16. 16. Setting is the physical description of the place in which the story occurs.Setting includes all of the physical aspects of the story: <br />
  17. 17. Setting includes:<br />the time of day<br />the time of year<br />the geographical location of the story<br />the climate and weather at the time of the story<br />the historical period of the action<br />the immediate surroundings of the characters<br />the characters' clothing<br />the characters' homes, offices, favorite places<br />the important objects in the characters' lives<br />
  18. 18. Setting helps to anchor a story in a particular time and place. <br />Setting functions as :<br />an antagonist, a way to establish plot conflict and determine the outcome of events<br />the sea in Moby Dick by Herman Melville<br />a means of creating atmosphere<br />New Orleans in the novels of Anne Rice<br />a means of revealing character<br />Gatsby's mansion in The Great Gatsby by F. Scott Fitzgerald<br />a means of reinforcing theme<br />the town and the forest in The Scarlet Letter by Nathaniel Hawthorne <br />
  19. 19. Theme<br />The primary subject of fiction is human emotion, values, and beliefs. The characters in the story change as a result of the events of the story.<br />A story must have a purpose. Great stories have purposes of great significance to the understanding of the nature of humanity<br />.It is not enough for a story to be convincing; a good story entertains and enlightens the reader<br />One of the marks of a great work of literature is the significance of its theme. <br />
  20. 20. Basically and broadly the theme is the central idea or statement about life that unifies and controls the total work.<br />Theme is not the issue or problem or subject with which the work deals but rather it is the comment or statement the author makes about the subject as it necessarily and inevitably emerges from the interplay of the various elements of the work.<br />Theme is the author's way of communicating and sharing ideas, perceptions and feelings with the reader or of probing and exploring the puzzling questions of human existence with the reader. <br />Any discussion of theme must take plot, character, point of view, and setting into account.<br />Theme is organically related to the total structure of a novel. Every aspect of the plot, characters, point of view, and setting in a novel contributes in some way to the theme of that novel. <br />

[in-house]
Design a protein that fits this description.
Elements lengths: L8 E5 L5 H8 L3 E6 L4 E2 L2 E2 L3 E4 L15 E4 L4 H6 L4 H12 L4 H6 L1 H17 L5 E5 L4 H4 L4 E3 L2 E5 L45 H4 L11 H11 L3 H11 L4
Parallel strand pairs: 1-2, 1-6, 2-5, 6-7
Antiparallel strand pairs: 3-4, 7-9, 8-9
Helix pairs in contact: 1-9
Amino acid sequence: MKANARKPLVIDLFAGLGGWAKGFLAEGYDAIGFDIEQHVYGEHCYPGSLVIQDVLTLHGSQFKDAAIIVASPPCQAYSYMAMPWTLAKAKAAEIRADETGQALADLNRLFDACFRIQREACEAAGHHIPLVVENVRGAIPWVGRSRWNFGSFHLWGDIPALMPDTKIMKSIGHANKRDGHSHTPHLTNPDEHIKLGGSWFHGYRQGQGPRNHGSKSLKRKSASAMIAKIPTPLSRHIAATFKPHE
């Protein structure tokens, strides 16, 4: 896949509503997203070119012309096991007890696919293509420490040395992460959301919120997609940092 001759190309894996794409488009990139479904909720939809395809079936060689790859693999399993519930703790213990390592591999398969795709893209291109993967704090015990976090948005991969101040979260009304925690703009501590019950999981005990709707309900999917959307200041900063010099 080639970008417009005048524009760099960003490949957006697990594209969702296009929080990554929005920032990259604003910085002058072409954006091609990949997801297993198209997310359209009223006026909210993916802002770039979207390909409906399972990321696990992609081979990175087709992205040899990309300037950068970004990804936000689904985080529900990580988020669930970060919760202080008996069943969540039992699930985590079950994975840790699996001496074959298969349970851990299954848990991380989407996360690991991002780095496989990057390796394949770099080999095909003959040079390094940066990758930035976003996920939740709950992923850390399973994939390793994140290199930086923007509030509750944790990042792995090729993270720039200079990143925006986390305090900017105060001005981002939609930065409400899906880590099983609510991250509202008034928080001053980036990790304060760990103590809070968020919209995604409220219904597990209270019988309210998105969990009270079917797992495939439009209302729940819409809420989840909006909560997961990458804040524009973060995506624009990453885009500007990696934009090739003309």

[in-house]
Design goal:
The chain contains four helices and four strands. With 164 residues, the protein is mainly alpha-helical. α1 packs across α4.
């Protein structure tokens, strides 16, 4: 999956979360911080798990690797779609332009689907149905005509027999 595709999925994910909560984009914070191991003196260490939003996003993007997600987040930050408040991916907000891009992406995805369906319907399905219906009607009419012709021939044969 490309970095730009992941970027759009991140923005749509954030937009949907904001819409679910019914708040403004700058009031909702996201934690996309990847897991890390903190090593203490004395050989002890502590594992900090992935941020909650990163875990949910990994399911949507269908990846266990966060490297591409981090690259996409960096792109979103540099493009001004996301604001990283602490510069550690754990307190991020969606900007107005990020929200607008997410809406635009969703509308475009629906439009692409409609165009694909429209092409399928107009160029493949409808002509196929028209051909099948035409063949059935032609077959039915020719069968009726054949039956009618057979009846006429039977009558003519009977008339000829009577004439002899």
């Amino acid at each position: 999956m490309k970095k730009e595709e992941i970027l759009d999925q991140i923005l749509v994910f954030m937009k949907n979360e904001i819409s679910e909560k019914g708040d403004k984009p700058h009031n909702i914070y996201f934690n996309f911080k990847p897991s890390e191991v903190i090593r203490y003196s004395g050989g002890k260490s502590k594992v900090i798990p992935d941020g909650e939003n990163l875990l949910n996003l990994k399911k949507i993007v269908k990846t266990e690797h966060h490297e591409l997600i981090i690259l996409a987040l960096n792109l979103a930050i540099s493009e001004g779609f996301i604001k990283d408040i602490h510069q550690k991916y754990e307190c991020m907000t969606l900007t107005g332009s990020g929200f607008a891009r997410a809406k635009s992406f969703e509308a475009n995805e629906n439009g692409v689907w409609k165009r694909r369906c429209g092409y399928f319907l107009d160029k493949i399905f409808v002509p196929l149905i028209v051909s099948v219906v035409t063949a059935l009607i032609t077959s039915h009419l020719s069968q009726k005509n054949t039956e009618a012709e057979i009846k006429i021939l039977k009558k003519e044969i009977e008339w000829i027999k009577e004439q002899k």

21. 21. Some Considerations About Theme… <br />
  22. 22. In some fiction, especially genre fiction (i.e. romance westerns gothics science fiction detective novels) theme may be less fully developed than other story elements.<br />The basic theme of the romance novel is some variant of "The path of true love never runs smooth.<br />"The basic theme of detective fiction is that good triumphs over evil.<br />It is entirely possible to disagree on what the theme of a work is. Authors are not always the most reliable guide to the meaning of their own work.<br />Consider D. H. Lawrence's warning: "Never trust the teller; trust the tale. "To justify your decision about the theme of the work, you should be able to show how the other elements of fiction (plot, character, point of view, and setting) serve to display and reinforce the theme.<br />
  23. 23. Don't confuse theme with subject or plot. Theme is the abstract generalized statement or comment the novel makes about a subject or situation.<br />In Gone With the Wind the plot can be simply described as: Girl meets boy; girl gets boy; girl loses boy against the backdrop of the Civil War. The theme is "Tomorrow is another day.<br />"In The Wizard of Oz the plot concerns Dorothy's quest to see the wizard and help her friends obtain missing parts of their personalities; the theme is "There's No Place Like Home.”<br />Beware of the danger of understating (i.e. overlooking) or overstating (i.e¬ attaching too much importance to) the theme.<br />Don't overlook the last two pages of The Great Gatsby which deliberately equate Gatsby's dream with America.<br />Theme should be totally supported by the other elements of the work; if it isn't the work itself is flawed.<br />The title can often suggest a focus or emphasis in the work and can point to the novel's theme.<br />